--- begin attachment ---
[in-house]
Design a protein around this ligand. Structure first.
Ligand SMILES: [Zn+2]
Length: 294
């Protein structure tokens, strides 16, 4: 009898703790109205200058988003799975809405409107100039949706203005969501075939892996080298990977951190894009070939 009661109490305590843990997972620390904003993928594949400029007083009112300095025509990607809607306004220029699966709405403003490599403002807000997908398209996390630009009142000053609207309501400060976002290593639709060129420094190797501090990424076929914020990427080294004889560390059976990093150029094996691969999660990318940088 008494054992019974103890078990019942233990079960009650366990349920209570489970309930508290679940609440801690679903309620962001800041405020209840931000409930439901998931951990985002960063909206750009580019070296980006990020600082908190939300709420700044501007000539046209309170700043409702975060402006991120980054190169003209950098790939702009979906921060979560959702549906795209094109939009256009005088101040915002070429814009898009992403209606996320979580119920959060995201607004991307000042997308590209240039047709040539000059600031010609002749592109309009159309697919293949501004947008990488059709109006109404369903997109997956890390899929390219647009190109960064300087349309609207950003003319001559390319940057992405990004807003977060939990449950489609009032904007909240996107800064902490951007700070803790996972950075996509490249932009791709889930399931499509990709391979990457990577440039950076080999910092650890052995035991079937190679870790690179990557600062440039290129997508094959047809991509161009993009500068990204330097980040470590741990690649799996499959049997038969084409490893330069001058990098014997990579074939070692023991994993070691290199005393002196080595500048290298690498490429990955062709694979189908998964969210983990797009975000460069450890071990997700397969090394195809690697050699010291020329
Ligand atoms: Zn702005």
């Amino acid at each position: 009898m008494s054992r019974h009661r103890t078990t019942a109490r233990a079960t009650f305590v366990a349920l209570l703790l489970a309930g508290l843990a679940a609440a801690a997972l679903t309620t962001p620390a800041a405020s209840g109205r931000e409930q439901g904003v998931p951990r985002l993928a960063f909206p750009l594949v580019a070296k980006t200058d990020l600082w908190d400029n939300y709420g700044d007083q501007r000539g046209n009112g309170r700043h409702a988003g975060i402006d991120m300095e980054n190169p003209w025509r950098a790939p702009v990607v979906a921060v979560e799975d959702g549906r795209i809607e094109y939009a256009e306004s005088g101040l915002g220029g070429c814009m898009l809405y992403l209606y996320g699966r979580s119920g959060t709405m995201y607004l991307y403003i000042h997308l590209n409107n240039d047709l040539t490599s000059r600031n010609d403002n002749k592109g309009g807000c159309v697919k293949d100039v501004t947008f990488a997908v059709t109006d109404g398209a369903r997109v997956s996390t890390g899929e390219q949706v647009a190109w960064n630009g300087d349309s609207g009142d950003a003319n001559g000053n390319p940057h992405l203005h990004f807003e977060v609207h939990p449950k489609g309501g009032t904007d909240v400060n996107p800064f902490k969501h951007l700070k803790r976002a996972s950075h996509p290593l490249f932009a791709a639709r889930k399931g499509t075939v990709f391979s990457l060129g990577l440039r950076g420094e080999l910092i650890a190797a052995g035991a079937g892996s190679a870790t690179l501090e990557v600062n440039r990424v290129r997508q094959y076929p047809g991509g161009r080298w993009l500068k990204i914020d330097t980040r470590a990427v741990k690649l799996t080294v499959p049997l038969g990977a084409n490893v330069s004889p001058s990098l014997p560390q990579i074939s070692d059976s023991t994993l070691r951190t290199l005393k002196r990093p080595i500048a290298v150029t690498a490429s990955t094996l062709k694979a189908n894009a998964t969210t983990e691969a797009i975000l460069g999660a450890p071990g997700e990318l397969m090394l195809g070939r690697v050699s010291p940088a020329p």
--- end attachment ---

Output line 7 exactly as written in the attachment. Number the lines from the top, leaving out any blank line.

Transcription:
């Amino acid at each position: 009898m008494s054992r019974h009661r103890t078990t019942a109490r233990a079960t009650f305590v366990a349920l209570l703790l489970a309930g508290l843990a679940a609440a801690a997972l679903t309620t962001p620390a800041a405020s209840g109205r931000e409930q439901g904003v998931p951990r985002l993928a960063f909206p750009l594949v580019a070296k980006t200058d990020l600082w908190d400029n939300y709420g700044d007083q501007r000539g046209n009112g309170r700043h409702a988003g975060i402006d991120m300095e980054n190169p003209w025509r950098a790939p702009v990607v979906a921060v979560e799975d959702g549906r795209i809607e094109y939009a256009e306004s005088g101040l915002g220029g070429c814009m898009l809405y992403l209606y996320g699966r979580s119920g959060t709405m995201y607004l991307y403003i000042h997308l590209n409107n240039d047709l040539t490599s000059r600031n010609d403002n002749k592109g309009g807000c159309v697919k293949d100039v501004t947008f990488a997908v059709t109006d109404g398209a369903r997109v997956s996390t890390g899929e390219q949706v647009a190109w960064n630009g300087d349309s609207g009142d950003a003319n001559g000053n390319p940057h992405l203005h990004f807003e977060v609207h939990p449950k489609g309501g009032t904007d909240v400060n996107p800064f902490k969501h951007l700070k803790r976002a996972s950075h996509p290593l490249f932009a791709a639709r889930k399931g499509t075939v990709f391979s990457l060129g990577l440039r950076g420094e080999l910092i650890a190797a052995g035991a079937g892996s190679a870790t690179l501090e990557v600062n440039r990424v290129r997508q094959y076929p047809g991509g161009r080298w993009l500068k990204i914020d330097t980040r470590a990427v741990k690649l799996t080294v499959p049997l038969g990977a084409n490893v330069s004889p001058s990098l014997p560390q990579i074939s070692d059976s023991t994993l070691r951190t290199l005393k002196r990093p080595i500048a290298v150029t690498a490429s990955t094996l062709k694979a189908n894009a998964t969210t983990e691969a797009i975000l460069g999660a450890p071990g997700e990318l397969m090394l195809g070939r690697v050699s010291p940088a020329p």